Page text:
Even though the use of radio frequency identification (RFID) technology can help firms recapture top-line revenues and improve bottom-line, deriving value from RFID-driven supply chains remains a challenge , according to a new survey from Forrester.
The industry analyst believes that over the past several years, RFID technology has matured beyond experimental lab testing into a technically viable solution for tracking the physical location of products, assets, and even people in a wide variety of operating environments.
Among these various applications, says Forrester, employing RFID for supply chain visibility has generated particular excitement as business process and applications professionals envision the technology’s potential to transform how products move from factories to warehouses and finally into customer stores.
Yet, intriguingly, Forrester poses the questions as to whether deploying RFID for supply chain visibility actually does make business sense. It believes that firms facing this question often wrestle with a few industry-centric parameters that can widely affect the business viability of their initiative, including: scope of the required tagging level; economics of tag cost relative to item value; position and relationship in the supply chain.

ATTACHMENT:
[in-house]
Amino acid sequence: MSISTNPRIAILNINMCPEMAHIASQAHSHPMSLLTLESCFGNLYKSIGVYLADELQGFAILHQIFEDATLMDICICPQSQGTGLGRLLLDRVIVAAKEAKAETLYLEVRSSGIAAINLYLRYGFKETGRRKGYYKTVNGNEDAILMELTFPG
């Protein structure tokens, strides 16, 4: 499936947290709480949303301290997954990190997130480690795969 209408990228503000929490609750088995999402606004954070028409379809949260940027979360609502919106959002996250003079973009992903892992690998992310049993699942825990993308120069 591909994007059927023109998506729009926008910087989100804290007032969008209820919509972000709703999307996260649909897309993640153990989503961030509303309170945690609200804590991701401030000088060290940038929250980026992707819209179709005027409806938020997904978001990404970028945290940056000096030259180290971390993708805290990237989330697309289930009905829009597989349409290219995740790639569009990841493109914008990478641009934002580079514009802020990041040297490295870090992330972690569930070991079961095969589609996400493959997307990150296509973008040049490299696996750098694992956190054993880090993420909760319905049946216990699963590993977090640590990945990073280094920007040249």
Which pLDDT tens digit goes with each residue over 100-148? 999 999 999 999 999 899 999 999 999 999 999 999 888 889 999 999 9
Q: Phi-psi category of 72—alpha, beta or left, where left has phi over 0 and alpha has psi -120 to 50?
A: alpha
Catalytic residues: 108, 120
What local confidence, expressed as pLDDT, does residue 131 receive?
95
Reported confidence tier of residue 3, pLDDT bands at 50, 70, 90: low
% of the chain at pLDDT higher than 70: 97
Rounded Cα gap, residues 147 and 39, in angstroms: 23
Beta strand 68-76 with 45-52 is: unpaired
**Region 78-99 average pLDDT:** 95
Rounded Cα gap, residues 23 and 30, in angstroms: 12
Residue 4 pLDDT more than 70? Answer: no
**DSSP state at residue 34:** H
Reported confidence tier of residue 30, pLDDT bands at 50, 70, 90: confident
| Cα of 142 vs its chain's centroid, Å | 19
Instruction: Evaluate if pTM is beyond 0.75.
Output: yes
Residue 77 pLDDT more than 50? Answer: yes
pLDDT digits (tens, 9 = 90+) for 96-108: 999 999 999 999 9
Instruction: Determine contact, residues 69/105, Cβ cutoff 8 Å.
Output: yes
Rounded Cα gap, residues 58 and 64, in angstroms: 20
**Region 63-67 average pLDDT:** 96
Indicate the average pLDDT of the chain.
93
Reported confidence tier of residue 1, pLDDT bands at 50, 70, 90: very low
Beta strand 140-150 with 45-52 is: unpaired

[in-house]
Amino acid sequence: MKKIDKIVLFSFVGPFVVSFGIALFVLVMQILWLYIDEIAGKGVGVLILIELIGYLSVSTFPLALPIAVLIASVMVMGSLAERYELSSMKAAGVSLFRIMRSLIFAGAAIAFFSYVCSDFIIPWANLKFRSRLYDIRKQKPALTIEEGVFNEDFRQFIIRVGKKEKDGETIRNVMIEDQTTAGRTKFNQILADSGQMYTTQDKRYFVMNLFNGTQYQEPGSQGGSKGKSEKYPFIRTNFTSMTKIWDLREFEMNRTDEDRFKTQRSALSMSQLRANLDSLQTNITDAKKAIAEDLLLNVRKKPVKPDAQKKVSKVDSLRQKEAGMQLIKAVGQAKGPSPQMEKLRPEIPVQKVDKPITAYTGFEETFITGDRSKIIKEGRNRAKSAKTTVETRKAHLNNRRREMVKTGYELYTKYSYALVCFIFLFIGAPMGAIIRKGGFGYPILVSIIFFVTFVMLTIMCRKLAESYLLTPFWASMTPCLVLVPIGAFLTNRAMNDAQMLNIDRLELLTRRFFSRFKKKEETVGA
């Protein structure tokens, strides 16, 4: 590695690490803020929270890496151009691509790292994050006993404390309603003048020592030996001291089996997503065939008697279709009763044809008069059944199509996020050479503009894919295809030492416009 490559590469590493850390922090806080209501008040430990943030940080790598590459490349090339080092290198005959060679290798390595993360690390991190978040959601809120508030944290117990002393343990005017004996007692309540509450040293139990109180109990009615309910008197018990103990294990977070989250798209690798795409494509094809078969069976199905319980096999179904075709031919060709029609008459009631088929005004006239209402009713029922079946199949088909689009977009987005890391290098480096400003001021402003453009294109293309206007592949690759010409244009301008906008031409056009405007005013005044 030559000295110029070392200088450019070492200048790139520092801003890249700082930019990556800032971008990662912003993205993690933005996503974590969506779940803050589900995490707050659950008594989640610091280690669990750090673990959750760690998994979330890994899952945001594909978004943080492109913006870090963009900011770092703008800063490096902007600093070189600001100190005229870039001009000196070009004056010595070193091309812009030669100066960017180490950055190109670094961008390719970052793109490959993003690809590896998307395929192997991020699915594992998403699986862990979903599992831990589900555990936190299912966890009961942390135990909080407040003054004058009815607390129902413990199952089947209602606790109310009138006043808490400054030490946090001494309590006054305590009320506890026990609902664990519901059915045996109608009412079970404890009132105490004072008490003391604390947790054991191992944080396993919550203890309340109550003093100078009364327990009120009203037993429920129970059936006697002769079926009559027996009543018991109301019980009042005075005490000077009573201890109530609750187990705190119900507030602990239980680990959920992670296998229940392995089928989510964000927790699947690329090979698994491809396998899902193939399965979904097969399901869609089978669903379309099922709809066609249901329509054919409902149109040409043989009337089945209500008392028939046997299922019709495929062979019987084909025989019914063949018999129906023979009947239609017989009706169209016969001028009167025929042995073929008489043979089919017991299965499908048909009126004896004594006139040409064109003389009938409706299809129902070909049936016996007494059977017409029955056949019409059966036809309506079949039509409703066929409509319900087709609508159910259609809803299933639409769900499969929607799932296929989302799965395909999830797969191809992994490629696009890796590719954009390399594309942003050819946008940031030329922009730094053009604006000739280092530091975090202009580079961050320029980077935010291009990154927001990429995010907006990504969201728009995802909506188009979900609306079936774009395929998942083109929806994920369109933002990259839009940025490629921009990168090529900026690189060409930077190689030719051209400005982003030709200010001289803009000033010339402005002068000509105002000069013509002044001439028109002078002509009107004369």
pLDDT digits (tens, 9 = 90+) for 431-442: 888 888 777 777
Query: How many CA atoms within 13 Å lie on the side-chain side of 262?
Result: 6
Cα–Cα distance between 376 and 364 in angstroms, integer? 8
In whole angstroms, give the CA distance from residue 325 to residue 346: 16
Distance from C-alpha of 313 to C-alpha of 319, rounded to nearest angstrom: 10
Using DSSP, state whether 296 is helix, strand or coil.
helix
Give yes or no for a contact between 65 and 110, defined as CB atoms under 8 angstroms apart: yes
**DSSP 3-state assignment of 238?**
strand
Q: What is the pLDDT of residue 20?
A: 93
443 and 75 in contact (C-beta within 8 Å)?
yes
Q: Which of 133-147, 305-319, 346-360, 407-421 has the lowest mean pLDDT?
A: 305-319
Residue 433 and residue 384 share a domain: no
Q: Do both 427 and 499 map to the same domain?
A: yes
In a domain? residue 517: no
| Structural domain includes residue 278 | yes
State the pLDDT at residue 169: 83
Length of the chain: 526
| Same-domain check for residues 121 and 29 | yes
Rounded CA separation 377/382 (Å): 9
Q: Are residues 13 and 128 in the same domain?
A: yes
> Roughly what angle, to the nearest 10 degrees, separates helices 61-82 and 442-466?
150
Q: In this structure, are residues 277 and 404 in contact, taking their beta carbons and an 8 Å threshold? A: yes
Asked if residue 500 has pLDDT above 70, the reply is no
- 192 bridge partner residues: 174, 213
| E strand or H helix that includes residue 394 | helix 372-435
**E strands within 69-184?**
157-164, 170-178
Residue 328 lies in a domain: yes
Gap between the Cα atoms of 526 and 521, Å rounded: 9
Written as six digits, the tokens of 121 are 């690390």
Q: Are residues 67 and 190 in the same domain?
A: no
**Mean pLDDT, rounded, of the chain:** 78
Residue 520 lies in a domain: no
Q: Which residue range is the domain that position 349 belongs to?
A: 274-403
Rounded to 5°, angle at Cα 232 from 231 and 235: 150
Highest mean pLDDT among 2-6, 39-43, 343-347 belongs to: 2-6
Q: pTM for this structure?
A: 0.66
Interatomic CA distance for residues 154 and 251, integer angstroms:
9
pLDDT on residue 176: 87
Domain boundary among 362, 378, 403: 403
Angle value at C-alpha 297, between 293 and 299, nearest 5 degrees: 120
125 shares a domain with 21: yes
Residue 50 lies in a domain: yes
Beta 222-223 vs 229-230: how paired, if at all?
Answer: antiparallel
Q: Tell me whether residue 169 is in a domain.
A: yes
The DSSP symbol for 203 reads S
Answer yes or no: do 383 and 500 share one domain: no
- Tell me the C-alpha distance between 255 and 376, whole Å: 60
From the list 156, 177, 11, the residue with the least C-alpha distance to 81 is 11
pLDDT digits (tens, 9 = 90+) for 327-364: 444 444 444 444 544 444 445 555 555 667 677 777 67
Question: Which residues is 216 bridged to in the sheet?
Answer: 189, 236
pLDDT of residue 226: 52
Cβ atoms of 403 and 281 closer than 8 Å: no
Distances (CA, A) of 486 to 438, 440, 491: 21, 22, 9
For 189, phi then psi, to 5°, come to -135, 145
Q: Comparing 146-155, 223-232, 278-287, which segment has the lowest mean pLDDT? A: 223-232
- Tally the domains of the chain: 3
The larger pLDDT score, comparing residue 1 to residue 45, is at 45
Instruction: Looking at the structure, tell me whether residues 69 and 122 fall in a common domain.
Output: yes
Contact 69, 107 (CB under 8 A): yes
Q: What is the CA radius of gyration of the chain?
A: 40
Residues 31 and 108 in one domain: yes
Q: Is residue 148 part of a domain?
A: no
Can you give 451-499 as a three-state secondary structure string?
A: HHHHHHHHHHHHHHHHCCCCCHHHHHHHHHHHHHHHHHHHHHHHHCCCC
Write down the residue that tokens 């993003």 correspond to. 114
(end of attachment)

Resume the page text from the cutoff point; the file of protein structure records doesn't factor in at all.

Forrester is advising firms that given these tremendous variations in scope, economics, and supply chain perspectives, it is imperative that business process and applications professionals objectively evaluate the financial impact on the business when considering the adoption of RFID for supply chain visibility as opposed to older systems such as bar codes. IT concludes that companies use a total economic impact model to systematically consider benefits, costs and risks.